By Petula Dvorak
Washington Post Columnist
Try saying it — the Doritos March on Washington for Freedom.
The Red Bull Rally for Refugee Rights!
How about the Stayfree Protest for Women?
All wrong. But that’s where we’re headed if yet another piece of the American experiment goes to the highest bidder.
The latest item up for grabs in the yard sale of our nation’s soul is the constitutional right to protest. The National Park Service is considering charging demonstrators for use of the Mall, among a menu of other exhaustive restrictions.
Everything from a small protest by teachers to a massive antiabortion march could cost thousands — even millions — of dollars to express First Amendment rights on land that the demonstrators, the taxpayers, already own.
The truth is, these events are huge disruptions to the city and a drain on tax dollars. Washington was paralyzed when hundreds of thousands of women and their supporters took over the Mall, the parks, the monuments, the streets during the Women’s March the day after Donald Trump’s inauguration in 2017.
And then there was the fizzled Unite the Right march in August, when taxpayers spent an estimated $2.6 million protecting a baker’s-dozen worth of white nationalists who were escorted on a Metro train, in vans and by a phalanx of police to the front of the White House.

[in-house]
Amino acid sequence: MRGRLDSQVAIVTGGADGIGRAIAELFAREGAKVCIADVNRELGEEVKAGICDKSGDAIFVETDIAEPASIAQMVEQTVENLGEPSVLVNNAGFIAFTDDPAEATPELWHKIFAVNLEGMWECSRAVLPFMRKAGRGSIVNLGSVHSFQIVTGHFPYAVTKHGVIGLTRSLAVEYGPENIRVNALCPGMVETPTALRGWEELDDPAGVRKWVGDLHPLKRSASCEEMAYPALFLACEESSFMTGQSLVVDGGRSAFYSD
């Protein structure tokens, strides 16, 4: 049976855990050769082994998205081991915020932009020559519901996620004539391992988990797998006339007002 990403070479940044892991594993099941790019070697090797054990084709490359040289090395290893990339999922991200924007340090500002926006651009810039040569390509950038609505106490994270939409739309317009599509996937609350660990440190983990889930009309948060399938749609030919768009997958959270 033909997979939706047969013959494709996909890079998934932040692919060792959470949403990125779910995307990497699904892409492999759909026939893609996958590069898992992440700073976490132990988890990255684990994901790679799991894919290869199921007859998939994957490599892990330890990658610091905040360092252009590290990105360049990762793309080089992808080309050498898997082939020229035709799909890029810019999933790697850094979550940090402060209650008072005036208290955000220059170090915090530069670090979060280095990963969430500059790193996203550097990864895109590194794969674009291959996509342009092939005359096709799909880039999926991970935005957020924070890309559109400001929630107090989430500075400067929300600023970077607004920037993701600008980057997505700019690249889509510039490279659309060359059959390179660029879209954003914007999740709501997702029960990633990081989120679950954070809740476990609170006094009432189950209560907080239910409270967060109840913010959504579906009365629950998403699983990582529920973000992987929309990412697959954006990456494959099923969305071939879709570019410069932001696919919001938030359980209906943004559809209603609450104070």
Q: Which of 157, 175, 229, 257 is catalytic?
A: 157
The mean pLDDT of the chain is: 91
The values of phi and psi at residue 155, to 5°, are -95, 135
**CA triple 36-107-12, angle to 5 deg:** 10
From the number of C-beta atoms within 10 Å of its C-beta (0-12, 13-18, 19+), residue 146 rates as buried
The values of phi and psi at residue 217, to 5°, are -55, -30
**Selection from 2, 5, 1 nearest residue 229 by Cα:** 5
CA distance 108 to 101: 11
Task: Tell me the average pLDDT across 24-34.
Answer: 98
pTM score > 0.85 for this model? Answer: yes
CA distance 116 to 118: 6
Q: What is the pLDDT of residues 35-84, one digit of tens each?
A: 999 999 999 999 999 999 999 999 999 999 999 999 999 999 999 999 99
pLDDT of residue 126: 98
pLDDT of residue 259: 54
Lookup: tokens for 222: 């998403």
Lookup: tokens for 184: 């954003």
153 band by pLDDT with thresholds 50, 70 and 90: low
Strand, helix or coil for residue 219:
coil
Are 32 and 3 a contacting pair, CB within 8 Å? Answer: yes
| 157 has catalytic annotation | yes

Should we be paying for them?
Yes. Rock solid, 100 percent amen, yes.
These are the demonstrations that grabbed headlines, sure. But would you believe there were 727 other demonstrations on the Mall last year besides the Women’s March? That’s not even as high as 2009, when citizens demonstrated 1,089 times on that space, according to Park Service records I got to look at.
But shouldn’t the Park Service get some help here? Why should my tax dollars go to protecting Nazi behinds?
The cash has to come from somewhere.
Red Bull probably isn’t going to sponsor a rally for refugees. Corporations avoid politically charged sponsorships because they fear triggering boycotts — despite Nike’s roaring success backing Colin Kaepernick.
No, this is how that would play out. (Previously) free speech would be bought and paid for by the one-percenters. Would the Koch March for Gun Rights be any better? Maybe the Soros Rally for Voting Rights would be more forthright.
Our dangerously divided nation wouldn’t be a place where the majority of reasonable Americans could freely express their views on the national stage, as long as they could afford the Greyhound ticket to get there.
These folks — called the “exhausted majority” by the research group More in Common — would be left out.
No, the Mall would wind up as the staging ground for the wealthy, white “wings” of the political debate — the “Progressive Activists” and the “Devoted Conservatives,” according to the group’s report on the country’s divisions, “The Hidden Tribes of America” — which would act out their own Second Civil War on the nation’s front lawn.
Allowing only the loudest, wealthiest groups that could afford to protest in public not only would significantly change the character of this historic space but also would have a fundamental effect on our already ailing national conversation.